Property developer gets 6 years jail for $47m fraud

By Jimmy Ellingham

Property developer Malcolm Duncan Mayer is sentenced in the Auckland District Court today. Photo / Richard Robinson.
Property developer Malcolm Duncan Mayer is sentenced in the Auckland District Court today. Photo / Richard Robinson.

A bankrupt property developer will spend at least three years in prison for a $47 million mortgage fraud.

Malcolm Duncan Mayer, 57, was last year guilty of 26 charges in a Serious Fraud Office prosecution 16 for dishonestly using a document and 10 for using forged documents after a lengthy trial.

At his sentencing in Auckland District Court today, he was jailed for six years.

Judge Brooke Gibson ruled he must serve at least three years.

Mayer, mostly acting with alleged co-conspirator Simon Turnbull, dishonestly used documents to obtain $47 million of loans from financial company Trustees Executors Ltd (TEL), which is chaired by former Prime Minister Jim Bolger and is more than 130 years old.

Mayer made loan applications to the company with false information to buy 26 Auckland properties between 2003 and 2007.

As a result, TEL suffered "colossal'' losses of at least $19m, Judge Gibson said.

In some instances TEL was given documents which gave the impression someone unconnected to Mayer was buying a property when he or, allegedly, Turnbull was the purchaser.

This allowed them to side-step TEL's borrowing limit.

"There's actually nothing unique in this scheme. It's certainly been done before and it has been around a while,'' Judge Gibson said.

The offending has a "significant impact'' on TEL. It left staff demoralised and stained the company's reputation overseas.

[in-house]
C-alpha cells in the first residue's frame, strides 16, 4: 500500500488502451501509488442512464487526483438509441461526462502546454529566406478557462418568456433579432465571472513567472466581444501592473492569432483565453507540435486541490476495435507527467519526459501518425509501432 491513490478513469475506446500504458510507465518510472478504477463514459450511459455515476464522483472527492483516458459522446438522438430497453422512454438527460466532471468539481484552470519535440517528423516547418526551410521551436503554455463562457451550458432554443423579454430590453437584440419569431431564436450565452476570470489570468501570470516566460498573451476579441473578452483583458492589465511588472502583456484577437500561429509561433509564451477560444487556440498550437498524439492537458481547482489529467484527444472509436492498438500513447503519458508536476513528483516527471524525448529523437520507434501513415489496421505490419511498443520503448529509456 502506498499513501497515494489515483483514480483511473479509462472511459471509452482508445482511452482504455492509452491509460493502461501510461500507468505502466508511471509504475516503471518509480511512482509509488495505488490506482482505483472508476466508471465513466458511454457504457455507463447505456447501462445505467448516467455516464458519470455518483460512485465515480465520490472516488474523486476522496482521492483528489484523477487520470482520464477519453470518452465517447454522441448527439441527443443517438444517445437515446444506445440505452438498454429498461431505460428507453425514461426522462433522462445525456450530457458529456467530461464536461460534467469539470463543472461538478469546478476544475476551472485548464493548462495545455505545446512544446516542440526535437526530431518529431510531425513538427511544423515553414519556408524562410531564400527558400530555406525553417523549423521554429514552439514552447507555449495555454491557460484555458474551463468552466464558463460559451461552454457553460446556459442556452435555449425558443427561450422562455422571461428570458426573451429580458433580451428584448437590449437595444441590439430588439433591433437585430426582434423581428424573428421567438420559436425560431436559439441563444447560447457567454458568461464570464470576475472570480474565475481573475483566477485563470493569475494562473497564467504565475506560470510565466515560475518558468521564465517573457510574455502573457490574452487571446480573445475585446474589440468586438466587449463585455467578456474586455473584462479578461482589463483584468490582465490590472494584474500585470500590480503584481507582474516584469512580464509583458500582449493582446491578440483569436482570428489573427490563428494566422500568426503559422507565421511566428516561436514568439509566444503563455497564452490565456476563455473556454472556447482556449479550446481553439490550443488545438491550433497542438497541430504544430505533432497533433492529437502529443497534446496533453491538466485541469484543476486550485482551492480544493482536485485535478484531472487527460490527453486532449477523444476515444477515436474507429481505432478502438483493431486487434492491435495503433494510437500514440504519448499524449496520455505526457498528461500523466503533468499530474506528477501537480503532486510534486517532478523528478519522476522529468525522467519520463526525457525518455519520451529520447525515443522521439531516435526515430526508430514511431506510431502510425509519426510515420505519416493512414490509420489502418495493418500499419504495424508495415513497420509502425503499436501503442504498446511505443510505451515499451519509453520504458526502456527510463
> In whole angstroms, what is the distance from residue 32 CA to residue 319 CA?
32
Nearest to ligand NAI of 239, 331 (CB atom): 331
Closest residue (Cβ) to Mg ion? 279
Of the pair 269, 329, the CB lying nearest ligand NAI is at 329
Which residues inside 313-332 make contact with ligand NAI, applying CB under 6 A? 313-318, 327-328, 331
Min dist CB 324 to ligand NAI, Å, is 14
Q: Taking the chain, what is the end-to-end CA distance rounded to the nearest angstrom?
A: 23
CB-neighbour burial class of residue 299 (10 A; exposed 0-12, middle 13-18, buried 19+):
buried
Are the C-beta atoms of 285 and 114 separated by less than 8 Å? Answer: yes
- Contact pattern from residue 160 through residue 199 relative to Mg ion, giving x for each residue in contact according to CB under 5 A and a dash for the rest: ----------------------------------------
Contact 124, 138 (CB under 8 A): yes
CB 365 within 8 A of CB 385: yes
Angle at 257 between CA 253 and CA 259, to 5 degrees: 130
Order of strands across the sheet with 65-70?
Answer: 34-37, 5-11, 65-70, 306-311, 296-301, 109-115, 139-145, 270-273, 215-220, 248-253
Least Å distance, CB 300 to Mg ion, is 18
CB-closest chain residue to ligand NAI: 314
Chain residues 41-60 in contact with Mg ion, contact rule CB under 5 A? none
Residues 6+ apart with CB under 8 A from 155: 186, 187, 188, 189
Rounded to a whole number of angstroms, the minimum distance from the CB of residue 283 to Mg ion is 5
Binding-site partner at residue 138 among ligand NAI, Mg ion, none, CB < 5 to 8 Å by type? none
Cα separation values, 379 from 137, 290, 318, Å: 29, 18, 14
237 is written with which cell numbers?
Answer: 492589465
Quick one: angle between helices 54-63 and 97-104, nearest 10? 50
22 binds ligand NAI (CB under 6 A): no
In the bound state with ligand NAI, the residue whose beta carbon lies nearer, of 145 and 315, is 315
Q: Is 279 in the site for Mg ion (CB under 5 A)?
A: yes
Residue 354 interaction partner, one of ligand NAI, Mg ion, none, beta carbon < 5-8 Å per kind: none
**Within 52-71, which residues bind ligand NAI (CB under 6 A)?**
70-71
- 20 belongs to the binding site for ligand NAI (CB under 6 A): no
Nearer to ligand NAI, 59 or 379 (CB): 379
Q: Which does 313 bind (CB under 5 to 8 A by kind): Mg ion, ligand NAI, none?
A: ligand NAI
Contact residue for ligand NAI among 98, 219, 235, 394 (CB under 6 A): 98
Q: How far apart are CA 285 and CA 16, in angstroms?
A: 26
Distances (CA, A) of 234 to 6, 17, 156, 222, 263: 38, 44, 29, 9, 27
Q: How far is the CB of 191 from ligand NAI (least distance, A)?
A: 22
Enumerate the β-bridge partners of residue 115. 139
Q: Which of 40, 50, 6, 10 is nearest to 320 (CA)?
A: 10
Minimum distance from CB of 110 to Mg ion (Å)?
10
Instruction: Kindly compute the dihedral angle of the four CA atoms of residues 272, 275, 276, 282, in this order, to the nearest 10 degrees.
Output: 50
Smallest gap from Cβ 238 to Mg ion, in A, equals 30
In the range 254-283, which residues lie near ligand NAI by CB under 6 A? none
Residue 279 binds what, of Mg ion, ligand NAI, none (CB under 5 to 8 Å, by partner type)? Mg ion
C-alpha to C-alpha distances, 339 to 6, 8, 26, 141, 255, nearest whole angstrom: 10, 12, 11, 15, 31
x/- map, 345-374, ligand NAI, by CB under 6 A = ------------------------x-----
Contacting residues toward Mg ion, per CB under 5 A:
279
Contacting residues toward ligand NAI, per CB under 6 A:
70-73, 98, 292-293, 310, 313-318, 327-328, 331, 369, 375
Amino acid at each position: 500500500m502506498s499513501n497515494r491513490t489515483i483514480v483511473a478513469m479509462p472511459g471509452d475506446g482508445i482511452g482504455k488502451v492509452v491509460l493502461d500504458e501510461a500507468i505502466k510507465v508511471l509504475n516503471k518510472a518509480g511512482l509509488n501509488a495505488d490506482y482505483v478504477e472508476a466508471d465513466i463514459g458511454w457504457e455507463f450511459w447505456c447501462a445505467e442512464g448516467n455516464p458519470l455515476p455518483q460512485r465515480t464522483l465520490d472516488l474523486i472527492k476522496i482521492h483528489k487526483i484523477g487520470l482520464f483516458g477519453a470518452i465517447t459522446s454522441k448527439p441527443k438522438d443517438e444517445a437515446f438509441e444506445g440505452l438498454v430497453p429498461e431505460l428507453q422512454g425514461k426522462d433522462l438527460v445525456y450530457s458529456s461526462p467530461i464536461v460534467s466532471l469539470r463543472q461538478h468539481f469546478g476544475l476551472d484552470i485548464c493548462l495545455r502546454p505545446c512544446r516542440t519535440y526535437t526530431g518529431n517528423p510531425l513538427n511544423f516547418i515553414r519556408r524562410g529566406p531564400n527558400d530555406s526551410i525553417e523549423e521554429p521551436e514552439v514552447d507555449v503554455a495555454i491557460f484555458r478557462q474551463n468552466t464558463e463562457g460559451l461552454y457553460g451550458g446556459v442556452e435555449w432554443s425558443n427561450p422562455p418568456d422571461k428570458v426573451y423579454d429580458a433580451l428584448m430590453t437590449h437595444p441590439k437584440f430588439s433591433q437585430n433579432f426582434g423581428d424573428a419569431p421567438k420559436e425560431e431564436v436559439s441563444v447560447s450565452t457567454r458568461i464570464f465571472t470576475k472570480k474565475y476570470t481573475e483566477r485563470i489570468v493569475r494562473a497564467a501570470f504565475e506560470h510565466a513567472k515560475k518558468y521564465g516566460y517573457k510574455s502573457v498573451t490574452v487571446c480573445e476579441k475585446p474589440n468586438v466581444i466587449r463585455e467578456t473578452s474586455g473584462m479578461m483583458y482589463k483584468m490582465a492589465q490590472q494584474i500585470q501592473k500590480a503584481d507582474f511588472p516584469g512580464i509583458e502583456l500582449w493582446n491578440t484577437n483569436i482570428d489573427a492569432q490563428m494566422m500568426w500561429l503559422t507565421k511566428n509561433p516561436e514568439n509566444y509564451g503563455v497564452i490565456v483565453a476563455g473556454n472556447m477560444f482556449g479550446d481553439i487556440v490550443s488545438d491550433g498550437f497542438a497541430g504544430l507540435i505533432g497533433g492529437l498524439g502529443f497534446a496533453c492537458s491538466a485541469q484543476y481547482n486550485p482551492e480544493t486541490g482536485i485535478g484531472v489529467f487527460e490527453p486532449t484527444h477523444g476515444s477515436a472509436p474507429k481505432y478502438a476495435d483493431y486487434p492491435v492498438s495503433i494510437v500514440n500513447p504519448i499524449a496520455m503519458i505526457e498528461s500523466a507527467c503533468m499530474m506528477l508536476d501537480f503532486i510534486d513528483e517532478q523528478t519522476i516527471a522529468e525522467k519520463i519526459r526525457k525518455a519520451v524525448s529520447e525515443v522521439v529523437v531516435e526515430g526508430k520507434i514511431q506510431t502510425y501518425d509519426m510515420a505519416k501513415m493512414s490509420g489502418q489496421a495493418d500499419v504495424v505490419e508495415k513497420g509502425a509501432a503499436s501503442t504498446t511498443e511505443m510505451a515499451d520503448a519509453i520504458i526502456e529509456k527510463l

The judge gave Mayer credit for his previous good character and co-operation, which shortened the trial.

"You clearly have been a person who has been found by other people in their dealings with you to be trustworthy. You are described as being kind and willing to help your friends,'' Judge Gibson told him.

Mayer was intelligent and had been wealthy, but he took advantage of his ``golden boy'' status with TEL.

"You are a victim, Mr Mayer, of your own greed.''

Judge Gibson did not take into account for sentencing submissions from defence lawyer Greg Bradford that Mayer's offending should be separated from the losses allegedly caused by Turnbull, and that TEL was negligent.

Mr Bradford opposed a minimum non-parole period and said after court he would take instructions from Mayer on the possibility of an appeal against the sentence and convictions.

In a statement after sentencing, SFO director Julie Read said: "Mayer's sentencing should give those seeking mortgage funding some confidence that criminals who use dishonest means in attempts to beat the system and subsequently pass on the costs to honest borrowers, will be caught and held to account.''

Turnbull has left the country and his whereabouts was unknown.


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